What I must guard against, then, is the impulse to discount any opinion which may run contrary to my own. I have to be silent in the classroom long enough to hear the voices of students who do not yet (and may never) share my convictions about good books. Just because I might have reached the conclusion that books I read ought to cover a breadth of human experience, as Tolstoy’s does, I need to act on behalf of the liberty of young people to disagree, and to shape their own ideas and definitions of what literature can be and should do.

Such disagreement relates to Gordon Pradl’s notion of the usefulness of resistance. By providing a social environment in which, and a text against which, readers may freely respond, we teachers strengthen a student’s ability to resist a given or accepted reading or standard, and to argue more skilfully and confidently. It is enough–and I must trust that it is enough–to select the best words (and images) by women and men which do invite student questions, Tolstoy, Robert Cormier, Gene Yang, and Adam Zagajewski, Anne Overstreet, Sara Zarr, Madeleine L’Engle, and Toni Morrison. Words that spark a conversation so compelling that readers will never forget the feeling associated with the opportunity to define the world for themselves. It may be such clarifying questions that Richard Peck has in mind in his Invitation to The World:  “Novels need to raise the questions no one else is raising in the lives of readers.

If for this teenager Dr. Demento’s radio show was a gateway drug to the silly, scary, sophisticated inebriation of the written word, how are young people today getting hooked on the hard stuff? Books, graphic novels, SLAM poetry, music lyrics: some of these have traditionally been in students’ control.  Does the term “controlled substance” deserves to be reexamined? Who is in control of what we read? Is there a proper substance for academic reading in secondary school? One might argue for an appropriately stuffy canon of books that deal with the human condition as tragic dramatists or metaphysical poets do; but I urge you to let them read Shel Silverstein alongside a Shakespearean sonnet or The Chocolate War before Paradise Lost. Students, fascinated by the ethics of truth-telling Tim O’Brien’s “Ambush”, will discuss, write about, and read further in relation to the topic in Kant, Bonhoeffer, and The Bible, in search of words that support their point of view, or that suggest how they are to construct a view they hadn’t yet considered.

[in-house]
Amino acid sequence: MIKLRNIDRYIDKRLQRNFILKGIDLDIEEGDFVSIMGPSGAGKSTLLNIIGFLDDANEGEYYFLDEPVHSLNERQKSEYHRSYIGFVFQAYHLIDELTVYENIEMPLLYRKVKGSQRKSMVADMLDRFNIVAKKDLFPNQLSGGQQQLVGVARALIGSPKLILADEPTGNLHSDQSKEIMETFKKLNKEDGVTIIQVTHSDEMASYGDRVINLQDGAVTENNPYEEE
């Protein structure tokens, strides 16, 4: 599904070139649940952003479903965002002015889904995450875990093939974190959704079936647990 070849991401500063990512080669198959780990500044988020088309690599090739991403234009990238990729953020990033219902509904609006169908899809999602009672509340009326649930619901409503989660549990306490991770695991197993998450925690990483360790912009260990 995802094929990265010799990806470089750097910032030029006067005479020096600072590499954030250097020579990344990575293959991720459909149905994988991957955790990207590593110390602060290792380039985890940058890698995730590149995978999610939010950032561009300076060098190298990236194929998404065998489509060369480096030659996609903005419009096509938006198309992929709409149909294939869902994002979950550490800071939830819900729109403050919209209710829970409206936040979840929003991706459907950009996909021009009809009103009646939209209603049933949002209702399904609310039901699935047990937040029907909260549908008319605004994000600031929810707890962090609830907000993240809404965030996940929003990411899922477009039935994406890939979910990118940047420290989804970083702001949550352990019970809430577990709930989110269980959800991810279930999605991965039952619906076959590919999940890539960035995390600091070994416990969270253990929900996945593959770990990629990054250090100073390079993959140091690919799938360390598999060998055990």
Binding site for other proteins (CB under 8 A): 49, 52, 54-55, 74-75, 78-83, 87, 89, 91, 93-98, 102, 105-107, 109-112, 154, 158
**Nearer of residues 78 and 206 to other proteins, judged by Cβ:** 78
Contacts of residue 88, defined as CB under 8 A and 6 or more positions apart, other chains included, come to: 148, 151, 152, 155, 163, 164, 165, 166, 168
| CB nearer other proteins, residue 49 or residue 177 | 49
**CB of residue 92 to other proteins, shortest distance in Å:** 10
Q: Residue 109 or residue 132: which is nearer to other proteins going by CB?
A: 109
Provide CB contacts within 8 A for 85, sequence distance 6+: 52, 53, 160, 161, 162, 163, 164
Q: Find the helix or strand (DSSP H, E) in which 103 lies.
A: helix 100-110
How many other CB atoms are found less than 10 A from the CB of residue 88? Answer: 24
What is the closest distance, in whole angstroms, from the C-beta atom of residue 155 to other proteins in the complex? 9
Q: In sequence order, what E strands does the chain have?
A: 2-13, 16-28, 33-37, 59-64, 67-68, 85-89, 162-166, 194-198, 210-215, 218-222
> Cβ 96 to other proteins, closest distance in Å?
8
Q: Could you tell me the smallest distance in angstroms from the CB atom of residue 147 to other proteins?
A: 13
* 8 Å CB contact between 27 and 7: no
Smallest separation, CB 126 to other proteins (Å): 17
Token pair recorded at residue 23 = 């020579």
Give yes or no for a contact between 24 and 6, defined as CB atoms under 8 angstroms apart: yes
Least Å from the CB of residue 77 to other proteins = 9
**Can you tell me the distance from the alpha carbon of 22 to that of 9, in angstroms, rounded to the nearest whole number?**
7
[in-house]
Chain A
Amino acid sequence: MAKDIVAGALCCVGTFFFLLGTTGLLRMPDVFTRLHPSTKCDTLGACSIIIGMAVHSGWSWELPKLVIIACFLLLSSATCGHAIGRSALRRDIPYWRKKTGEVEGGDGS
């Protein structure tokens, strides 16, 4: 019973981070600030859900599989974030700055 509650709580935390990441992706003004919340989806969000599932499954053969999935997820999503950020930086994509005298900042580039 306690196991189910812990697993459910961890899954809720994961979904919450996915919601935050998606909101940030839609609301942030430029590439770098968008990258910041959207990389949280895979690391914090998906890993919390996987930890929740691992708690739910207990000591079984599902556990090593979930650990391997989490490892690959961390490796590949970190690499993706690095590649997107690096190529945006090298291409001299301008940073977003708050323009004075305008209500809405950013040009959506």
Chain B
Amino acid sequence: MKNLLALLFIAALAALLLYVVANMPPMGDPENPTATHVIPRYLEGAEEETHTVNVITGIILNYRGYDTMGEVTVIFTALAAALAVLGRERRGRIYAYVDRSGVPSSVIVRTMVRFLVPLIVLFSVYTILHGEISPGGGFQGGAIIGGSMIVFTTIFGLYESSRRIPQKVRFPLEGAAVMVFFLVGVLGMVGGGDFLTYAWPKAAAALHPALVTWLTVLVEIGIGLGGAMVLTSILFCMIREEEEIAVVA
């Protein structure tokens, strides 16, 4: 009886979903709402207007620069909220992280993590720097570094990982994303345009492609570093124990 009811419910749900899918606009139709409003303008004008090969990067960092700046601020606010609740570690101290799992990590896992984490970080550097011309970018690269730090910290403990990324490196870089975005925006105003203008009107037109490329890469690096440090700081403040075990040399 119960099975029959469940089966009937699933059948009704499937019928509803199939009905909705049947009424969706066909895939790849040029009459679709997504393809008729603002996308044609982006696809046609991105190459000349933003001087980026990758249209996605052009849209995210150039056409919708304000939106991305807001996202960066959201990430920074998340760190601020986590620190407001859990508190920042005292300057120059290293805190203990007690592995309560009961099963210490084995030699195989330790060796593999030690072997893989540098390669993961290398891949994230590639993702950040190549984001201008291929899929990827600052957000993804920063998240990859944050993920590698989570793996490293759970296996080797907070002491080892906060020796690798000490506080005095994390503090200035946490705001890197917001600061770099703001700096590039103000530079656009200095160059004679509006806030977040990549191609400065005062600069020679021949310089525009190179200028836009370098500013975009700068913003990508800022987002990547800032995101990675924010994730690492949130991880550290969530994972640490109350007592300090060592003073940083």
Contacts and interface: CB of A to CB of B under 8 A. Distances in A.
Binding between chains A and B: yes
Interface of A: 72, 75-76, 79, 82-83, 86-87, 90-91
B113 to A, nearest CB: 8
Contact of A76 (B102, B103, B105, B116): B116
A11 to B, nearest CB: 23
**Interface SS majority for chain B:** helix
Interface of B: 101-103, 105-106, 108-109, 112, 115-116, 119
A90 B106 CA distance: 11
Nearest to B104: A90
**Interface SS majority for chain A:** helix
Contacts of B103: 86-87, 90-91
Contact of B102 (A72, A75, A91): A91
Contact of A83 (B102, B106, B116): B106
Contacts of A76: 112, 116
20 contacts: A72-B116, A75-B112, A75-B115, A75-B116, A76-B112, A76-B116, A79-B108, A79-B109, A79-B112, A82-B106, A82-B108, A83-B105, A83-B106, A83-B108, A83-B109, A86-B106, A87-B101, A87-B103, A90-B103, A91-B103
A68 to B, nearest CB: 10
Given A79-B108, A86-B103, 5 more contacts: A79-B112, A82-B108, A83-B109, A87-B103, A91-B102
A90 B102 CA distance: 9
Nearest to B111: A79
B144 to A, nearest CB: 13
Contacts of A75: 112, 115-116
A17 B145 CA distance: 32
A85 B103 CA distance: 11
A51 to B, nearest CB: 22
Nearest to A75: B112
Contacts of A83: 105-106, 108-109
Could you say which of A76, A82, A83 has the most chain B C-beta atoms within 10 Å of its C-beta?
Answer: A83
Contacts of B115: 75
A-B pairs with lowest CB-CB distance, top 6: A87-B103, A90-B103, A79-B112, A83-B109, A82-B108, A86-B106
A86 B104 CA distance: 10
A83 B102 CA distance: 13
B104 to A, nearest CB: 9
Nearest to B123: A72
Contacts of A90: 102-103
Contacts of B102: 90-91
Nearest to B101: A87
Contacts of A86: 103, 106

“The novel is called The Last Safe Place on Earth because there isn’t one”. – Richard Peck, Invitations to the World: Teaching and Writing for The Young, Dial Books NY 2002.

Image Source: Getty Images (in Keller’s NYT article)

09
Aug
11

Whose Wisdom? (“Teaching Literacy” Part 2)

In the second half of Teaching Literacy for Love and Wisdom, Wilhelm and Novak share a vision for the future of education. I am aware of the irony of a “Christian school” -teacher feeling uncomfortable with the evangelical fervor with which the book makes its case, as it calls for us to  “spread” this “worldview” to the “masses of world citizens” (192). They call for nothing less than a “reawakening”, arguing that it is “our central task as human beings to teach others to “bring their separate odysseys into fruitful convergence” (195). But I am uneasy. I hope I can explain why.

Building on a foundation laid by Gordon Pradl and Sheridan Blau, the authors’ ideas of students dialoguing about texts shift away from conversations about texts of all kinds toward texts that resonate with the ideals of a classical era – books from the eastern and western canons, especially sacred texts.

What is important and valuable in their book is the attention it gives to why we feel called to teach in the first place: the souls of our students, the desire to make a difference, and the belief that education must address the needs of the whole child, not intellectual, physical, or spiritual growth alone. Because practicing wisdom means (in this book) learning about and acting upon our desires for justice and compassion, I agree with their concept. The Hebrew scriptures contain the following in Micah Chapter 6:

He has told you, O man, what is good;